Music:  Raven Dreams by R. Carlos Nakai
A long time ago the Bluebird's feathers were a very dull ugly color.  It lived near a lake with water of the most delicate blue which never changed
because no streamed flowed in or out.  Because the bird admired the blue water, it bathed in the lake four times every morning for four days, and
every morning it sang:

There's a blue water.
It lies there.
I went in.
I am all blue.

On the fourth morning it shed all its feathers and came out in its bare skin, but on the fifth morning it came out with blue feathers.

All the while, Coyote had been watching the bird.  He wanted to jump in and catch it for his dinner, but he was afraid of the blue water.  But on the
fifth morning he said to the Bluebird:  "How is it that all your ugly color has come out of your feathers, and now you are all blue and sprightly and
beautiful?  You are more beautiful than anything that flies in the air.  I want to be blue, too."

"I went in only four times," replied the Bluebird.  It then taught Coyote the song it had sung.

And so Coyote steeled his courage and jumped into the lake.  For four mornings he did this, singing the song the Bluebird had taught him, and on the
fifth day he turned as blue as the bird.

That made Coyote feel very proud.  He was so proud to be a blue coyote that when he was walking along he looked about on every side to see if
anyone was noticing how fine and blue he was.

Then he started running along very fast, looking at his shadow to see if it was also blue.  He was not watching the road, and presently he ran into a
stump so hard that it threw him down on the ground and he became dust-colored all over.  And to this day all coyotes are the color of dusty Earth.
Bluebird and the Coyote

A Pima Legend
All Rights Reserved
Chuhwuht:  The Song of the World

A Pima Legend
In the beginning there was only darkness and water.  The darkness congealed in certain places and it is from this that the Creator was made.  He
wandered aimlessly above the water and began to think.  He became fully conscious of who he was and what he was to do.  He then reached into his
heart and pulled out a magic creation stick.

He used this as a walking stick and when some resin formed on the tip, he made it into ants.  He took more of this resin and rolled it with his feet into
a perfect ball while chanting

Chuhwuht tuh maka-i
Chuhwuht tuh nato
Chuhwuht tuh maka-i
Chuhwuht tuh nato
Himalo, Himalo
Himalo, Himicho!

I make the world, and see,
the world is finished.
I make the world, and see,
the world is finished.

Let it go, let it go
Let it go, start it forth!

As he chanted, the ball grew larger and larger until it became the present size of the earth; thus was the earth created.  Then the Creator took a great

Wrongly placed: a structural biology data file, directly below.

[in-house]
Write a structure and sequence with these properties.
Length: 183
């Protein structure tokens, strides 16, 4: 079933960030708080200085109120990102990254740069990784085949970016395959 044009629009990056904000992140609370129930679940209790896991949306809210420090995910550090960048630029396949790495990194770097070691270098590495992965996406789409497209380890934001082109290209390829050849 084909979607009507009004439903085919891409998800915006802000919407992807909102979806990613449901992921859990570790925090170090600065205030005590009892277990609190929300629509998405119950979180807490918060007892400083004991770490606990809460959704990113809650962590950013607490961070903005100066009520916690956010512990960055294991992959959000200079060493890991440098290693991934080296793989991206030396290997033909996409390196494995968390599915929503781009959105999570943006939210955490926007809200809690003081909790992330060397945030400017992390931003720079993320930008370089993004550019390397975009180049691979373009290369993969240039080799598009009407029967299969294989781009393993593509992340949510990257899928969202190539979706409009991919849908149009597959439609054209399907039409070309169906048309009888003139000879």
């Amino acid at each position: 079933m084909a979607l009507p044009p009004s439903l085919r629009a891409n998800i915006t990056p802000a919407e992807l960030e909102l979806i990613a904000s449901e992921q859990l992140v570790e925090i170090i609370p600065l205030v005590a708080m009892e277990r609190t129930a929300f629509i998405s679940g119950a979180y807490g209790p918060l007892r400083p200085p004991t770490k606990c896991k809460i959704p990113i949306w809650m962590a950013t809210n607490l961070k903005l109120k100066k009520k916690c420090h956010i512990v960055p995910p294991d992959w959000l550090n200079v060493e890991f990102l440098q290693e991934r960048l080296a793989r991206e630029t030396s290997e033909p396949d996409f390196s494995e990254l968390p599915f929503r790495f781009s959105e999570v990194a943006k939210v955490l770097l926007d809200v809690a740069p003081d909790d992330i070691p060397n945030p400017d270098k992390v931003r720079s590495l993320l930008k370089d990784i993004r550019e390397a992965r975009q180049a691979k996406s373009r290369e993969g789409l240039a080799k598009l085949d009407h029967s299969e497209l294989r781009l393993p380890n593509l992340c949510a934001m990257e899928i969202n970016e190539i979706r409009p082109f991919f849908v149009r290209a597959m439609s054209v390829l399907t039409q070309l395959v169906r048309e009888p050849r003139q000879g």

rock, broke it, and threw it into the heavens, where the pieces became stars.  Then he made the moon in a similar fashion, but neither the moon nor
the stars furnished enough light.

So the Creator then took two bowls of water from out of his flesh and he thought thoughts of light.  The sun appeared in the sky as he pulled the bowls
apart.  But the sun did not yet move.  So the Creator bounced it like a ball to the east and it bounced back to the west, even as it does today.
Coyote

A Pima Legend
Coyote is a trickster celebrated in Indian songs and stories from the Gulf of Mexico to the Northern Plains and from the Pacific Ocean to the
Mississippi River.  But nowhere is he more infamous than in the Southwest, where he appears in many forms.  Coyote is a wise fool who teaches
tribal rules by breaking them.  No matter how tricky he is, the joke is always on Coyote in the end.  The most important thing that he teaches is that
people shouldn't take themselves too seriously.

He's Appointed To The Study The Stars.  This guy, Coyote, was always appointing himself over people, wanting to show them he could do anything,
however hard it was.  So the medicine men, wanting to find out if it was true, said, "Maybe he's just a fraud."  They says to him, "Uncle!  Uncle!  
You're so fast and wise about everything that you should go and find out for us what those things are doing shinning up there every night."  As they
said this, they pointed to the stars.  Coyote took them seriously.  So Coyote went off and didn't return for a long time.  Then suddenly, he came back
singing:

Beneath the heavens above us
There are round pools of water,
Each time coyote drinks from one,
He sees his reflection and says
"i-toi" (all drunk up)
But when he catches on,
He laughs quietly at himself.
Coyote and the Mesquite Beans

A Pima Legend
After the waters of the flood had gone down, Elder Brother said to Coyote, "Do not touch that black bug; and do not eat the mesquite beans.  It is
dangerous to harm anything that came safe through the flood."

So Coyote went on, but presently he came to the black bug.  He stopped and ate it up.  Then he went on to the mesquite beans.